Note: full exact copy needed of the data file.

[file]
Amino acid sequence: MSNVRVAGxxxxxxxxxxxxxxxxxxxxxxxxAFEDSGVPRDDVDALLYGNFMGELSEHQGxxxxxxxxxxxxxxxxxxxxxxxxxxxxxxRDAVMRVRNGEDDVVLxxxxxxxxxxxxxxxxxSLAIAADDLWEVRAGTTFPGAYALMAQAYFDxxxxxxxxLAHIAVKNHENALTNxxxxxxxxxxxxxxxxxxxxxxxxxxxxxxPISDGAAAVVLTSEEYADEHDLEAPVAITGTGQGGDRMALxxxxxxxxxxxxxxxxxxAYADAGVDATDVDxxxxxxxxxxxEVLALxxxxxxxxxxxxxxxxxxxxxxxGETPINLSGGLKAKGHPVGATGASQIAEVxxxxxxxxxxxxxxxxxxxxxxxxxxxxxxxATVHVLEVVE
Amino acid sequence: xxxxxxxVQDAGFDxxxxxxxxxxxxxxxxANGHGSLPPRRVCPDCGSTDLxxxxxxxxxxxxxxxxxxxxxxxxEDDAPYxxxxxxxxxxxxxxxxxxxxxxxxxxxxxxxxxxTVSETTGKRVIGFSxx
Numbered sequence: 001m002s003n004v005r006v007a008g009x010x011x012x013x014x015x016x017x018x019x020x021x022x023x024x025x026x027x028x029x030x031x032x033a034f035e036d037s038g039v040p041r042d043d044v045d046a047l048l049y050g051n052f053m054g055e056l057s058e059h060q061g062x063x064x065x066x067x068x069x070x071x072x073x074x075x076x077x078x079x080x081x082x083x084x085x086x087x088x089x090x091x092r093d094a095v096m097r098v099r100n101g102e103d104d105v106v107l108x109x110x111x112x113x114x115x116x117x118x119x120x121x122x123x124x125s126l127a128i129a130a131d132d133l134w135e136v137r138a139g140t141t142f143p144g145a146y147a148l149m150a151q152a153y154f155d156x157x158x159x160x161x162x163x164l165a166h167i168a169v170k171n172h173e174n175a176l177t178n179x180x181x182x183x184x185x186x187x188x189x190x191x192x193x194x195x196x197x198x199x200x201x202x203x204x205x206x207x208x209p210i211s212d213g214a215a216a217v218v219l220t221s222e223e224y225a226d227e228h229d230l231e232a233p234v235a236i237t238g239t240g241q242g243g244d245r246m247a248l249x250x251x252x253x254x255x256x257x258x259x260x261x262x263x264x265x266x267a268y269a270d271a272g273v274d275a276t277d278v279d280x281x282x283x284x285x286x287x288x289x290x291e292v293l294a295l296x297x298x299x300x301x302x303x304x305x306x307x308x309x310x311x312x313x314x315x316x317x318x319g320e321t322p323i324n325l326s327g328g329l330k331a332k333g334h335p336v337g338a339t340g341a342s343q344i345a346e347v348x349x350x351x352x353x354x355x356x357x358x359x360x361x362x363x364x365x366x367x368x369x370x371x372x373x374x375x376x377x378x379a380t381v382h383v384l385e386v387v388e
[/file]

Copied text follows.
Amino acid sequence: MSNVRVAGxxxxxxxxxxxxxxxxxxxxxxxxAFEDSGVPRDDVDALLYGNFMGELSEHQGxxxxxxxxxxxxxxxxxxxxxxxxxxxxxxRDAVMRVRNGEDDVVLxxxxxxxxxxxxxxxxxSLAIAADDLWEVRAGTTFPGAYALMAQAYFDxxxxxxxxLAHIAVKNHENALTNxxxxxxxxxxxxxxxxxxxxxxxxxxxxxxPISDGAAAVVLTSEEYADEHDLEAPVAITGTGQGGDRMALxxxxxxxxxxxxxxxxxxAYADAGVDATDVDxxxxxxxxxxxEVLALxxxxxxxxxxxxxxxxxxxxxxxGETPINLSGGLKAKGHPVGATGASQIAEVxxxxxxxxxxxxxxxxxxxxxxxxxxxxxxxATVHVLEVVE
Amino acid sequence: xxxxxxxVQDAGFDxxxxxxxxxxxxxxxxANGHGSLPPRRVCPDCGSTDLxxxxxxxxxxxxxxxxxxxxxxxxEDDAPYxxxxxxxxxxxxxxxxxxxxxxxxxxxxxxxxxxTVSETTGKRVIGFSxx
Numbered sequence: 001m002s003n004v005r006v007a008g009x010x011x012x013x014x015x016x017x018x019x020x021x022x023x024x025x026x027x028x029x030x031x032x033a034f035e036d037s038g039v040p041r042d043d044v045d046a047l048l049y050g051n052f053m054g055e056l057s058e059h060q061g062x063x064x065x066x067x068x069x070x071x072x073x074x075x076x077x078x079x080x081x082x083x084x085x086x087x088x089x090x091x092r093d094a095v096m097r098v099r100n101g102e103d104d105v106v107l108x109x110x111x112x113x114x115x116x117x118x119x120x121x122x123x124x125s126l127a128i129a130a131d132d133l134w135e136v137r138a139g140t141t142f143p144g145a146y147a148l149m150a151q152a153y154f155d156x157x158x159x160x161x162x163x164l165a166h167i168a169v170k171n172h173e174n175a176l177t178n179x180x181x182x183x184x185x186x187x188x189x190x191x192x193x194x195x196x197x198x199x200x201x202x203x204x205x206x207x208x209p210i211s212d213g214a215a216a217v218v219l220t221s222e223e224y225a226d227e228h229d230l231e232a233p234v235a236i237t238g239t240g241q242g243g244d245r246m247a248l249x250x251x252x253x254x255x256x257x258x259x260x261x262x263x264x265x266x267a268y269a270d271a272g273v274d275a276t277d278v279d280x281x282x283x284x285x286x287x288x289x290x291e292v293l294a295l296x297x298x299x300x301x302x303x304x305x306x307x308x309x310x311x312x313x314x315x316x317x318x319g320e321t322p323i324n325l326s327g328g329l330k331a332k333g334h335p336v337g338a339t340g341a342s343q344i345a346e347v348x349x350x351x352x353x354x355x356x357x358x359x360x361x362x363x364x365x366x367x368x369x370x371x372x373x374x375x376x377x378x379a380t381v382h383v384l385e386v387v388e